Law Council of Australia

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Law Council of Australia located in Canberra

The Law Council of Australia is an association of law societies and bar associations from the states and territories of Australia, and the peak body representing the legal profession in Australia. The Council was formed in 1933 to unite the various state legal associations, in order to represent the profession at a national level and at an international level. The Council is particularly vocal on subjects involving federal law, that is, laws made or considered by the Parliament of Australia. As of 2007, the Council represents over 56,000 lawyers across Australia.[1]

The Council consists of representatives from its sixteen constituent bodies, and an executive body elected by the council. The current President is Stuart Clark AM and President-elect is Fiona McLeod SC. Former Presidents include two former Chief Justices of Australia, Sir John Latham and Sir Garfield Barwick, and former High Court Justice Douglas Menzies.[2] A former Attorney-General of Australia, Michael Lavarch, is also a former Secretary-General of the Council. The Council also forms committees on various subjects, such as Indigenous legal issues, national criminal law, and alternative dispute resolution.

The Council currently has five sections.[3] The sections each have various committees with specific areas of interest, for example the Business Law section has a 'Financial Services Committee'.[4] The broad sections of the Council are:

  1. Business Law;[5]
  2. Family Law;[6]
  3. Federal Litigation and Dispute Resolution;[7]
  4. International Law;[8] and
  5. Legal Practice.[9]

A former deputy chair of the Victoria for the Financial Services Law Committee of the Business Law Section of the Council, and Financial Services Ombudsman, Dr. Justijana Tonti-Filippini, was embroiled in a scandal involving file notes presented to the Supreme Court of Victoria.[10][11][12][13] The Law Council of Australia has not given any media statement regarding nor has it commented on the issues.

In 1986, the Council established a separate Family Law Section, for practitioners specialising in Australian family law. It represents about 2,000 lawyers across Australia.[14] The Council administers a number of awards, including the John Koowarta Reconciliation Law Scholarship, awarded to Indigenous Australians studying law in Australian universities. The award is named for John Koowarta, the plaintiff in the famous Koowarta v Bjelke-Petersen case. The Council sponsors the Human Rights Law Award, awarded by the Australian Human Rights Commission. Recent winners include barrister Julian Burnside.

The Council often comments on the legal policy of the Government of Australia, and on proposed legislation in the Parliament of Australia. It also often gives testimony to parliamentary inquiries. Recent stances adopted by the Council include strong criticism of the Australian Anti-Terrorism Act 2005,[15][16] and a criticism of profiteering in the insurance industry and weaknesses in personal injury legislation.[17][18]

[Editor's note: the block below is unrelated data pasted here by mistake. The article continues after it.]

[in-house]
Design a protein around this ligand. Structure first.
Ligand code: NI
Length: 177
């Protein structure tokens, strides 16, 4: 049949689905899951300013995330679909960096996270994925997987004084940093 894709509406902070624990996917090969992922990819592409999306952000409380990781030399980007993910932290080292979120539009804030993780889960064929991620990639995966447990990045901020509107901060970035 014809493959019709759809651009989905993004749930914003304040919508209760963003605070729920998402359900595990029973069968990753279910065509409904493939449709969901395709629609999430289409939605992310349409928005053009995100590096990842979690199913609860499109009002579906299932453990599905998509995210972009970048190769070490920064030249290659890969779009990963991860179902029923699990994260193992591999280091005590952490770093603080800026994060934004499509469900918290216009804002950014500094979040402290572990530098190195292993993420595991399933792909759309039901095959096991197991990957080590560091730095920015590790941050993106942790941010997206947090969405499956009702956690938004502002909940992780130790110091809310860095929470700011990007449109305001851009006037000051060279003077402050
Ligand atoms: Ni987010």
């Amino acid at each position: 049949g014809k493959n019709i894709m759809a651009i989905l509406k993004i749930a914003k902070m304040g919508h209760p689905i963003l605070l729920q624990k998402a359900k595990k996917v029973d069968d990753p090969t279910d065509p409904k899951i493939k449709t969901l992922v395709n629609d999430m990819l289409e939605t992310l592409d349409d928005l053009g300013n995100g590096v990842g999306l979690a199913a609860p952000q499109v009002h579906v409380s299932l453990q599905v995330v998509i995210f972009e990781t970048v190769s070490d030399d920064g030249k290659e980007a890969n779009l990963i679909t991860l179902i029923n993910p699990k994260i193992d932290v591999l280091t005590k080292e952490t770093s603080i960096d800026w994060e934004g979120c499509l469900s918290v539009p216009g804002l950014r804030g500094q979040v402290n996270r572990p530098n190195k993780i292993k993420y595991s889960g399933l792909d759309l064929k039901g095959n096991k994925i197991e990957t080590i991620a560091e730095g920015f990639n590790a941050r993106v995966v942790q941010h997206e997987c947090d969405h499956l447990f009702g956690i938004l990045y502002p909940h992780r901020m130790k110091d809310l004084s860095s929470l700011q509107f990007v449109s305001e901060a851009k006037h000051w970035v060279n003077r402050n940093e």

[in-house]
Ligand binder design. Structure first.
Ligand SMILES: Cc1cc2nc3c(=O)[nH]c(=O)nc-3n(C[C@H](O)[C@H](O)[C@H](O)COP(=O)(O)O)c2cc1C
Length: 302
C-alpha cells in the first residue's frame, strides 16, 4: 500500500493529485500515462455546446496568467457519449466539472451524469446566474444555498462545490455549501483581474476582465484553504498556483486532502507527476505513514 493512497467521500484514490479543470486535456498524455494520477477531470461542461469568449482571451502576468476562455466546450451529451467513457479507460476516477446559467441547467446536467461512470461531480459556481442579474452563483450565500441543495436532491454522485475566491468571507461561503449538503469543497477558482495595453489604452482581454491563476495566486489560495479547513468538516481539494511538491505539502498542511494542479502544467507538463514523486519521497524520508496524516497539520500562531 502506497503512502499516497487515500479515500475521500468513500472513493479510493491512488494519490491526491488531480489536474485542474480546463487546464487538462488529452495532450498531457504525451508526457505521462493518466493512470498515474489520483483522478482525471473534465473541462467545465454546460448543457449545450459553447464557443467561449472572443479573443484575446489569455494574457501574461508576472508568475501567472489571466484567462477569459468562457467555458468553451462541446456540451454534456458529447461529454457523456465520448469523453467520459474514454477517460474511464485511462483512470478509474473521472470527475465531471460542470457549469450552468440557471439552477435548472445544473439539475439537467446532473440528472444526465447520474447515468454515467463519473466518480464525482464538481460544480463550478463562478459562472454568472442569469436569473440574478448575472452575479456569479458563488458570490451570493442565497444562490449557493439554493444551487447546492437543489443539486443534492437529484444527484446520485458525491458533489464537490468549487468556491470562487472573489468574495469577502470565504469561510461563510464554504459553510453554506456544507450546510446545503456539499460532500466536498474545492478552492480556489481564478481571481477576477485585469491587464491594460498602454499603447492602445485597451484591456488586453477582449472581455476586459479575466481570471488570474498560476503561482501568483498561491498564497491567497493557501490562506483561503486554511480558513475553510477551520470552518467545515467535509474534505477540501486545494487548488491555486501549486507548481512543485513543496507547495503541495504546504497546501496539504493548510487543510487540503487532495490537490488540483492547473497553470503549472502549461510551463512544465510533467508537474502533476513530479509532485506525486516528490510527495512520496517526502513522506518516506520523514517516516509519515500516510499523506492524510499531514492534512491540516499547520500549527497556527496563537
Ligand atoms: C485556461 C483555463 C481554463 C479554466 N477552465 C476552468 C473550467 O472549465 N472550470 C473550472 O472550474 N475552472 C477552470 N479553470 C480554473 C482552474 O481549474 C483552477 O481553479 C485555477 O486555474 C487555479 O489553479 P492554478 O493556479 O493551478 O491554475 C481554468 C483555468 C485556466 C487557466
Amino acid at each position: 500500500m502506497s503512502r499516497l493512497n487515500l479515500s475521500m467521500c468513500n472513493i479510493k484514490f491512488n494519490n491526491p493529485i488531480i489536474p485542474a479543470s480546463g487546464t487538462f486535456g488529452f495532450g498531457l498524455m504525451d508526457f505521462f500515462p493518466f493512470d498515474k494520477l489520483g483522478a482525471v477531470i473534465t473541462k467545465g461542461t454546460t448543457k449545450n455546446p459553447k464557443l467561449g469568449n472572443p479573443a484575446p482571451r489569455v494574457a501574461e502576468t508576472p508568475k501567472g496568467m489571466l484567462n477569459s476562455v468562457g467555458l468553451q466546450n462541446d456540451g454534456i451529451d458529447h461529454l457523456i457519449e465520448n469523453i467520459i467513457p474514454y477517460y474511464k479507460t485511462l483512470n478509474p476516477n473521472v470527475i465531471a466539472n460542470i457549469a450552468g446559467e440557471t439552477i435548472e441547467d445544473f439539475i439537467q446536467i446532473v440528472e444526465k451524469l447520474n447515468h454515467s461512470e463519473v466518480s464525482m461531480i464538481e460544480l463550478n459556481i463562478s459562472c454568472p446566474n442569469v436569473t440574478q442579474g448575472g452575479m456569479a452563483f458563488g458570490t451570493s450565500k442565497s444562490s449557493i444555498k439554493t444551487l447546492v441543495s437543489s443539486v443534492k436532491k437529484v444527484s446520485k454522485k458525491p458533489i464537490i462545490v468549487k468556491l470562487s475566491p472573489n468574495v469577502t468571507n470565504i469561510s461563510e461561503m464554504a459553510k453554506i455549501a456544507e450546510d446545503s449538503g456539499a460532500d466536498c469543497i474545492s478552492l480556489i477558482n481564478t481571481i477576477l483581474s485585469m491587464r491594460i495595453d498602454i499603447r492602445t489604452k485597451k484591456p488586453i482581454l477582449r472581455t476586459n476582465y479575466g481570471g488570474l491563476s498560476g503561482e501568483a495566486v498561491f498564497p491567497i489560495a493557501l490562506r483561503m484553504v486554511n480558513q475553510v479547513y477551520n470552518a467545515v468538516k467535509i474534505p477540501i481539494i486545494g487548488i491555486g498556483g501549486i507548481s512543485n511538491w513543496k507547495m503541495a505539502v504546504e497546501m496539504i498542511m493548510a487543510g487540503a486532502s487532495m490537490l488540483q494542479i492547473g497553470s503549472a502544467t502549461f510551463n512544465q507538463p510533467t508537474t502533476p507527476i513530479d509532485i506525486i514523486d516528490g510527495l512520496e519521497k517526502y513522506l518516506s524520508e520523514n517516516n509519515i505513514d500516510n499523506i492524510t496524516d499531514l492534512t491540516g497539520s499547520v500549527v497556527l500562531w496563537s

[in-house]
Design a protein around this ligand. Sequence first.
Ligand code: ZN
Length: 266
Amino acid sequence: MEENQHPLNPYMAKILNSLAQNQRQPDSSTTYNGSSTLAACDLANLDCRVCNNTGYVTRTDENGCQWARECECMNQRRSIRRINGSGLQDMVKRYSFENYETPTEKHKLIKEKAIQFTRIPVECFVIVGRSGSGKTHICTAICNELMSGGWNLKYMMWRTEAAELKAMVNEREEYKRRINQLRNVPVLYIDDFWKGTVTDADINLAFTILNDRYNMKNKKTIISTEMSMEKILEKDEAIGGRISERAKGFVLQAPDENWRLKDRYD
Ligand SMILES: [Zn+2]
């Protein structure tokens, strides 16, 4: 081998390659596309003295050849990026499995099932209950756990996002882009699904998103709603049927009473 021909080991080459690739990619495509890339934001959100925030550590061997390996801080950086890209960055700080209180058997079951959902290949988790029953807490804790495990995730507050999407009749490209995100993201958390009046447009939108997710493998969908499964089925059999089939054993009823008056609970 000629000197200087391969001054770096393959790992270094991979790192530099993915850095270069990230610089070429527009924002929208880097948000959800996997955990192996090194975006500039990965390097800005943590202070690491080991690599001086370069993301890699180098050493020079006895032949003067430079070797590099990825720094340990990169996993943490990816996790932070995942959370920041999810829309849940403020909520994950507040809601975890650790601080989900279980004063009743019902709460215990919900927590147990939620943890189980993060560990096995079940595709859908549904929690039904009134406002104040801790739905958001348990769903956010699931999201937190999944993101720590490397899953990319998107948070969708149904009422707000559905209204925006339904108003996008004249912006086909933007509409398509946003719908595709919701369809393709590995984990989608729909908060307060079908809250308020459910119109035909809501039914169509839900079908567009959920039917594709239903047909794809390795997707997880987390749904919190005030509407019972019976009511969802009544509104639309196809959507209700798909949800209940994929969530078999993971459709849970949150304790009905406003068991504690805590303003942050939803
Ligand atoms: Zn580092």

References[edit]

  1. ^ "Submission of the Law Council of Australia". Australian Government Attorney-General's Department. Archived from the original on 21 July 2005. Retrieved 19 January 2006. 
  2. ^ "Law Council Past Presidents". Law Council of Australia. Archived from the original on 13 January 2006. Retrieved 19 January 2006. 
  3. ^ Roger. "Home". www.lawcouncil.asn.au. Retrieved 2016-02-15. 
  4. ^ Roger. "Financial Services Committee". www1.lawcouncil.asn.au. Retrieved 2016-02-15. 
  5. ^ Roger. "About the BLS". www1.lawcouncil.asn.au. Retrieved 2016-02-15. 
  6. ^ Roger. "FLS Home". www1.lawcouncil.asn.au. Retrieved 2016-02-15. 
  7. ^ Roger. "About the Section". www1.lawcouncil.asn.au. Retrieved 2016-02-15. 
  8. ^ Roger. "ILS". www1.lawcouncil.asn.au. Retrieved 2016-02-15. 
  9. ^ Roger. "About the section". www1.lawcouncil.asn.au. Retrieved 2016-02-15. 
  10. ^ "Calls for Financial Ombudsman Service to be disbanded over credibility issues". ABC News. Retrieved 2016-04-07. 
  11. ^ "The questions the Financial Ombudsman needs to answer". ABC News. Retrieved 2016-04-07. 
  12. ^ "Financial Ombudsman Service under fire as politicians demand change". 2016-03-17. Retrieved 2016-04-07. 
  13. ^ Media, WorkDay. "Australian Banking and Finance News from Banking Day". www.bankingday.com. Retrieved 2016-04-07. 
  14. ^ "About the Family Law Section". Family Law Section. Archived from the original on 17 December 2005. Retrieved 19 January 2006. 
  15. ^ "Legal Profession Opposes Anti-Terror Bill". Law Council of Australia. Archived from the original on August 26, 2006. Retrieved 19 January 2006. 
  16. ^ "Law Council Vows to Monitor Use of Counter-Terror Laws". Law Council of Australia. Archived from the original on August 26, 2006. Retrieved 19 January 2006. 
  17. ^ "LCA Report Reveals Insurer Profits Have Hit a 10-Year High – So Where are the Benefits?". Law Council of Australia. Archived from the original on 13 January 2006. Retrieved 19 January 2006. 
  18. ^ "Record Insurance Industry Profits At The Expense Of Injured Australians". Law Council of Australia. Archived from the original on 13 January 2006. Retrieved 19 January 2006. 

External links[edit]